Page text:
The intent is thus clearly to make triple talaq a criminal offence with imprisonment up to three years in addition to a fine.
The practice of triple talaq, where pronouncement of the word “talaq” thrice in one sitting by a Muslim man to his wife results in instant and irrevocable divorce, is abhorrent. It needs to go, and has indeed been abolished in many Islamic countries. The Supreme Court (SC) has done the right and progressive thing by banning the practice. In law now, triple talaq is ab initio null and void and unenforceable.
While the SC has done what it needed to do, the Parliament has the right to pass a law to ensure compliance. What shape and form this law should take is at the crux of the controversy witnessed in Parliament when the Muslim Women (Protection of Rights on Marriage) Bill, 2019, was introduced this week in the Lok Sabha by law minister Ravi Shankar Prasad. There were objections raised by Opposition members even at the stage of introduction, but given the overwhelming majority enjoyed by the ruling party, this bill was introduced, though only after a vote.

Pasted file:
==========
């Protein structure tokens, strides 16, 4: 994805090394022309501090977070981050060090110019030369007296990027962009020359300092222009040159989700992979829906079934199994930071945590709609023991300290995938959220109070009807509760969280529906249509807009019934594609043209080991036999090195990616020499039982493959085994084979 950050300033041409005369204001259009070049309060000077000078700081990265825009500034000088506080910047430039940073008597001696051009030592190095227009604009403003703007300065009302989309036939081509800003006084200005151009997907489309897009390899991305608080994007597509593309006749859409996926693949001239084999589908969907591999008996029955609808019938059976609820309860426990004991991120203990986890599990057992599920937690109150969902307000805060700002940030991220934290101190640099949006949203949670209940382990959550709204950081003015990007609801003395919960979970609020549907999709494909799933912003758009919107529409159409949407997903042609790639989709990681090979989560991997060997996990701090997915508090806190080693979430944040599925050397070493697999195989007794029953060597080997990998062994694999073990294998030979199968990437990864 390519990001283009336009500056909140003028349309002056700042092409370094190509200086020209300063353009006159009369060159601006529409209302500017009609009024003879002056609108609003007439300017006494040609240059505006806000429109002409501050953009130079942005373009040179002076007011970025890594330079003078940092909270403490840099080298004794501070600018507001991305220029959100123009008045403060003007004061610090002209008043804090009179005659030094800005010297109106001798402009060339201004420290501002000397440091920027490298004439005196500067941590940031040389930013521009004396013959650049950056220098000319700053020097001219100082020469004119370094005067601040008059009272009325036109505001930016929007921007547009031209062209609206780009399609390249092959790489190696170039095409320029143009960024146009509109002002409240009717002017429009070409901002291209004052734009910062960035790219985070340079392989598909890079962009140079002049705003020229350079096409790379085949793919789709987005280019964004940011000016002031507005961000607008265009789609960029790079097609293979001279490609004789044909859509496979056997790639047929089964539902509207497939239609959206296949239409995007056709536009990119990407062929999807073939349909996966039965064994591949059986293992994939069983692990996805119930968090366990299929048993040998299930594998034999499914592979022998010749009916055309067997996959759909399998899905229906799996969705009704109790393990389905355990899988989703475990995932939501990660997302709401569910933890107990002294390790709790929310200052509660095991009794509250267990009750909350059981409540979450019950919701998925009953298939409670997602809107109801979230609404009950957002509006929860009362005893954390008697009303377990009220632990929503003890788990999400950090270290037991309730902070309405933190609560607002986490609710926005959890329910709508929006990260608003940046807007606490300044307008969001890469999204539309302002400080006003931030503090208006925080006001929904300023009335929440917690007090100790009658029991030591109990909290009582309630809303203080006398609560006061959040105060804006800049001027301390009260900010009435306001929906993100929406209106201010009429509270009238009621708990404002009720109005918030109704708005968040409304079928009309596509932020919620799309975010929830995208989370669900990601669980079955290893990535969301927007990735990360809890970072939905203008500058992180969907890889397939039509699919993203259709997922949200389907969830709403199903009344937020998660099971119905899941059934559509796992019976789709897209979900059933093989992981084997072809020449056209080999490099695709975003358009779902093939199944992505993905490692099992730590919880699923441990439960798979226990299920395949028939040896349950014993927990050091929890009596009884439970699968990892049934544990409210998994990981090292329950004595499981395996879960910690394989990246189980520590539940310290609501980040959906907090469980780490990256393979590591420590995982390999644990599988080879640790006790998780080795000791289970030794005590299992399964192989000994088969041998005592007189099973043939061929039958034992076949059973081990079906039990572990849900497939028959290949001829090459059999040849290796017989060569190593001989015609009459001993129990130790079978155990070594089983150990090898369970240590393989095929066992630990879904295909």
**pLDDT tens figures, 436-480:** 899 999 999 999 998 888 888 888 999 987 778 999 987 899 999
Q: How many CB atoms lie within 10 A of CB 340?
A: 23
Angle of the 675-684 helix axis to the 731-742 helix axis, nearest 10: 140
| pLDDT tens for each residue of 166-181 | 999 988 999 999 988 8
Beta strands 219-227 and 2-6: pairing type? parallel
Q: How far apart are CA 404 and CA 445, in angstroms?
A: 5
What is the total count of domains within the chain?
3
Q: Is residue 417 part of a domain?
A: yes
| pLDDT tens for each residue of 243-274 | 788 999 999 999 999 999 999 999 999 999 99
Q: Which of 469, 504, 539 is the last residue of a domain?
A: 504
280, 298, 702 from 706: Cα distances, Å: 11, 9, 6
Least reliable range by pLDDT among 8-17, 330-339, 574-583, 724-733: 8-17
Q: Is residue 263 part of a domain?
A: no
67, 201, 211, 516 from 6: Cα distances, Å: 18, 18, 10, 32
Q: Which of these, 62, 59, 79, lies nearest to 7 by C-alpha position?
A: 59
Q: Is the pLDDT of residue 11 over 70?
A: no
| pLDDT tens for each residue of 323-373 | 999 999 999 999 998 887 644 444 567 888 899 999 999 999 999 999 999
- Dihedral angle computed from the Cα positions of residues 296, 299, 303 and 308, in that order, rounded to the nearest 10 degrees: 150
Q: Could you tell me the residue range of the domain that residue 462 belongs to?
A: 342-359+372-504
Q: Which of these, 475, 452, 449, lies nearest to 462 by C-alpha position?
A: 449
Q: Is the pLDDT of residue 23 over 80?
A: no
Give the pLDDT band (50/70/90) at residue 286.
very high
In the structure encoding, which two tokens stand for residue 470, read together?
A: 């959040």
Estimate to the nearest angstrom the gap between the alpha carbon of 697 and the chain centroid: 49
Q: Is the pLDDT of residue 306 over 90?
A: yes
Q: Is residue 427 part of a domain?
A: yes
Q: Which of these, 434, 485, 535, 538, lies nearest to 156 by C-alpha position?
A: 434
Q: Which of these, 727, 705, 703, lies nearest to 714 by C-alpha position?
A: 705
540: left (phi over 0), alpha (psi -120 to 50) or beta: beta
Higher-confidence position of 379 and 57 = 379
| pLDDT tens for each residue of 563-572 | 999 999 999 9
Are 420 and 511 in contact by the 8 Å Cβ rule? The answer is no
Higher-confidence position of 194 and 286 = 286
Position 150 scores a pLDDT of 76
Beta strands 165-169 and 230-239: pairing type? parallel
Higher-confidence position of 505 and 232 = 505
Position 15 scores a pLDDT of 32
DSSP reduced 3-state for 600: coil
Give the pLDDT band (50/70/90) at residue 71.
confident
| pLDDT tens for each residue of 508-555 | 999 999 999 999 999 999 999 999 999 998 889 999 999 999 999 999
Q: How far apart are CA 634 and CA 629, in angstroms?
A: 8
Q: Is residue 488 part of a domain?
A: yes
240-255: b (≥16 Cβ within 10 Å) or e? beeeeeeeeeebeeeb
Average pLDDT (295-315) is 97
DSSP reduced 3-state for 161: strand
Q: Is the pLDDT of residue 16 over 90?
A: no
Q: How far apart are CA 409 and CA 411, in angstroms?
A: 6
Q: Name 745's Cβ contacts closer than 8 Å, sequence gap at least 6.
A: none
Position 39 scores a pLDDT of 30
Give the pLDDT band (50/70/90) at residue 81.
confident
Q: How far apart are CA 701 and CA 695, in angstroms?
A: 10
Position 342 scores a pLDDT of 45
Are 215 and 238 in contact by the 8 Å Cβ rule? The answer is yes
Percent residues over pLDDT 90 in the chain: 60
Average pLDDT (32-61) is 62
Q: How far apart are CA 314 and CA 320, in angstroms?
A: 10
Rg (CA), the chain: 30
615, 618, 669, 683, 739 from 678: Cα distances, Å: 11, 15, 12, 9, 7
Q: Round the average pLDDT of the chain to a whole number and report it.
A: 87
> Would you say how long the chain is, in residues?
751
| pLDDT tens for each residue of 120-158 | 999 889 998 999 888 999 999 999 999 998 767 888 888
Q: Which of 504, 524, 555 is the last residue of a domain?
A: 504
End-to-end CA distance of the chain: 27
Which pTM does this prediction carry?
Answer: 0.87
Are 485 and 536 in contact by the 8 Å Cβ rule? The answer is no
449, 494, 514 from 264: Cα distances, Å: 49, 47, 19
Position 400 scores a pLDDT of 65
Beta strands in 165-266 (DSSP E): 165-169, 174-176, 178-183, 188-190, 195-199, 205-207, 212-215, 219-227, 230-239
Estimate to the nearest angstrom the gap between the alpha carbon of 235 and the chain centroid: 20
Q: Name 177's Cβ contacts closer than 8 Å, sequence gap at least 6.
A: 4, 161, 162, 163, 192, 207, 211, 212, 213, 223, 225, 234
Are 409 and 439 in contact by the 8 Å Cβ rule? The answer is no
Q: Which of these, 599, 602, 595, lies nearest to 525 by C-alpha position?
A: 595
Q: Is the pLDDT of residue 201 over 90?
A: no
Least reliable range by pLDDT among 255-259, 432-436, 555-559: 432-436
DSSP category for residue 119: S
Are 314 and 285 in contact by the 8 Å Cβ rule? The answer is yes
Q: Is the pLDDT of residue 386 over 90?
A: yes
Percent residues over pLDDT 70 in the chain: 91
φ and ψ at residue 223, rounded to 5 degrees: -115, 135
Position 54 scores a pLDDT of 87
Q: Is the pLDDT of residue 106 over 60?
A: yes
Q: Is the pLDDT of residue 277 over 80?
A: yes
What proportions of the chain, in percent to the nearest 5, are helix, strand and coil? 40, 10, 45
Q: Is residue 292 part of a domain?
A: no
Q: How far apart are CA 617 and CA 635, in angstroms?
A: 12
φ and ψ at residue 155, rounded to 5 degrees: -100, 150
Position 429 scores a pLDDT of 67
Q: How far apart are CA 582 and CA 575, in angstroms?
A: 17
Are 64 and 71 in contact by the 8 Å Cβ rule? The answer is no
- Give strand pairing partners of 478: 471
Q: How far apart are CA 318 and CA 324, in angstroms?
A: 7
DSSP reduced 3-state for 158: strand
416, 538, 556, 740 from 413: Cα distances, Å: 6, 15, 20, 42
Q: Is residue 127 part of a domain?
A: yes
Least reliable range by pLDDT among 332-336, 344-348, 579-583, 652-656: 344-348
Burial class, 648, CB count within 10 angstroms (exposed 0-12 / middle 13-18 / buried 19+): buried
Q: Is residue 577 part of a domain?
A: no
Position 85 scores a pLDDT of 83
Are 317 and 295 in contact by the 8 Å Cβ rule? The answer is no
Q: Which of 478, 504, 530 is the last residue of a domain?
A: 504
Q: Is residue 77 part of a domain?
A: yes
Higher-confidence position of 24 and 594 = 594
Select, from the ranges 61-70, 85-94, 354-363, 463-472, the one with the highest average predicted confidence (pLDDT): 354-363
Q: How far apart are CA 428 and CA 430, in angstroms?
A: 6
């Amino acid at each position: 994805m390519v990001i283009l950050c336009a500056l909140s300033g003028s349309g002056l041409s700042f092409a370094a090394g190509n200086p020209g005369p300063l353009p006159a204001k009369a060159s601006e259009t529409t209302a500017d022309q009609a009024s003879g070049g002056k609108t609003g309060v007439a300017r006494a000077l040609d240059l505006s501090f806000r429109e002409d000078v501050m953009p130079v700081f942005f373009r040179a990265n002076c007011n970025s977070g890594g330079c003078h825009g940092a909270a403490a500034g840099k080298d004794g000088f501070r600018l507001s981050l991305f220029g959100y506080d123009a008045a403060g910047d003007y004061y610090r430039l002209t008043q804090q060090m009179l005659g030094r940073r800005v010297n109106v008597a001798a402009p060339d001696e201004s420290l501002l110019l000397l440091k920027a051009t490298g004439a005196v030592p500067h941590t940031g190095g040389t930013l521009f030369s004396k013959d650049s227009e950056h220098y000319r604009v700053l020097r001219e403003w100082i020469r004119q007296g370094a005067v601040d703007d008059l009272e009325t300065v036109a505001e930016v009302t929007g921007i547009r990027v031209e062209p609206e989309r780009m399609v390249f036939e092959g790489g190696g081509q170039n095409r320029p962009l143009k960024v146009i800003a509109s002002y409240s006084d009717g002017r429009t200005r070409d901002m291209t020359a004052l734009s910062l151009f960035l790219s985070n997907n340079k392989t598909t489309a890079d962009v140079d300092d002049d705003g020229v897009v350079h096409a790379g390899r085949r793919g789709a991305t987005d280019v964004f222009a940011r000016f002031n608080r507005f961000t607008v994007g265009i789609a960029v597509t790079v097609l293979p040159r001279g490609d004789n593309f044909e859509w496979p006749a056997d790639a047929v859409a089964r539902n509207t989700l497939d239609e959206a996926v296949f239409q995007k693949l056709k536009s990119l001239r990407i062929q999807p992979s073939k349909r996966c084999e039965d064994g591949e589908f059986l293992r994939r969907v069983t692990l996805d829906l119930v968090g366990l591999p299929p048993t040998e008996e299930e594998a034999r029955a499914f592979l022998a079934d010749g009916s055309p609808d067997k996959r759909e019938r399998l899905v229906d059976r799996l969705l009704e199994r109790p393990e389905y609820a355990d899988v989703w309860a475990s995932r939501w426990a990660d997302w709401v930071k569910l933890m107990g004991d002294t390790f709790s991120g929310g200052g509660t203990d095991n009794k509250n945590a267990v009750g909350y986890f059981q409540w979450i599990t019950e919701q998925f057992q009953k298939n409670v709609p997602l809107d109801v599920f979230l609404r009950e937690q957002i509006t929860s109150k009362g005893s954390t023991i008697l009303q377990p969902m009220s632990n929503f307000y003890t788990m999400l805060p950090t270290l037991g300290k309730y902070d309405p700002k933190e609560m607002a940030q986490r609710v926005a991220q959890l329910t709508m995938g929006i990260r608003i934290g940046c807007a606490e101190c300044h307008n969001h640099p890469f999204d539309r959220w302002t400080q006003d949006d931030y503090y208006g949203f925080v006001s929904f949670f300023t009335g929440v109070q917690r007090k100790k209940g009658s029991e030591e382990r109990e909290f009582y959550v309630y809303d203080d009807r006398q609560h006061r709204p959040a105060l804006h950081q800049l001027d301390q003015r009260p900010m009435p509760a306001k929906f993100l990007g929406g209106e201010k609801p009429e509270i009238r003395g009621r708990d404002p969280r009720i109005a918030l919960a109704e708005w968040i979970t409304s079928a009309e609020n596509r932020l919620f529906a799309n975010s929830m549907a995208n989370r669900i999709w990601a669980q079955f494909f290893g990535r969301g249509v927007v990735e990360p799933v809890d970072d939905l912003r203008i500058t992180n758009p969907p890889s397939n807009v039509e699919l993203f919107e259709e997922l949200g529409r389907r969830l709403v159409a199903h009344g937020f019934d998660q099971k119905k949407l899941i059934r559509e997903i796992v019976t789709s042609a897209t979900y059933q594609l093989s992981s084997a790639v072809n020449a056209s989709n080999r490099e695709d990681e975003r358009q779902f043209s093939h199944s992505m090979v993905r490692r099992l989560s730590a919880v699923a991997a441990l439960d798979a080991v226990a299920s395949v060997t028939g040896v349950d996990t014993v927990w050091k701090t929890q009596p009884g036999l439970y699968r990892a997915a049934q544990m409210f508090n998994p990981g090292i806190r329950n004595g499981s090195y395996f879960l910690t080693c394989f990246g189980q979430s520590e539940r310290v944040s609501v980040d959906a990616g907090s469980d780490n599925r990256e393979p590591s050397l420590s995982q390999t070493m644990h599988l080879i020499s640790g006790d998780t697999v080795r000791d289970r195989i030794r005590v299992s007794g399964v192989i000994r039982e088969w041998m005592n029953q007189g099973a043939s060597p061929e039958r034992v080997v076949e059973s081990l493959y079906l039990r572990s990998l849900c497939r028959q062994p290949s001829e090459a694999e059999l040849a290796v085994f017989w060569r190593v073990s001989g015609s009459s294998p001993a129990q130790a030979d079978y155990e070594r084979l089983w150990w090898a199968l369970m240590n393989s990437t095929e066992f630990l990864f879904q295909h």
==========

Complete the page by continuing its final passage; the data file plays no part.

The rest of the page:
There are provisions in the new bill that need careful consideration. Article 3 rightly declares that “any pronouncement of talaq by a Muslim husband upon his wife, by words, either spoken or written or in electronic form or in any other manner whatsoever, shall be void and illegal”. This article is entirely in consonance with the judgment of the honourable SC. However, the very next clause, Article 4, is what is seriously debatable. It says that “any Muslim husband who pronounces talaq referred to in Section 3 upon his wife shall be punished with imprisonment for a term which may extend to three years, and shall also be liable to fine".
Further, the bill stipulates in Article 7 (a) that the offence shall be cognisable, which means that a police officer can arrest an accused without a warrant. Such an arrest without warrant can be made not only on a complaint by the married woman on whom talaq is pronounced but by any person related to her by blood or marriage. Such wide punitive powers on a complaint, not by the direct victim but by her extended family, certainly opens the way to misuse. This is particularly relevant since Article 7 (c) states that “no person accused of an offence punishable under this ordinance shall be released on bail unless the magistrate, on an application filed by the accused and after hearing the married Muslim woman upon whom talaq is pronounced, is satisfied that there are reasonable grounds for granting bail to such a person”. Bail, which is the inherent right of an accused in such a category of offence, has thereby been made stringently conditional.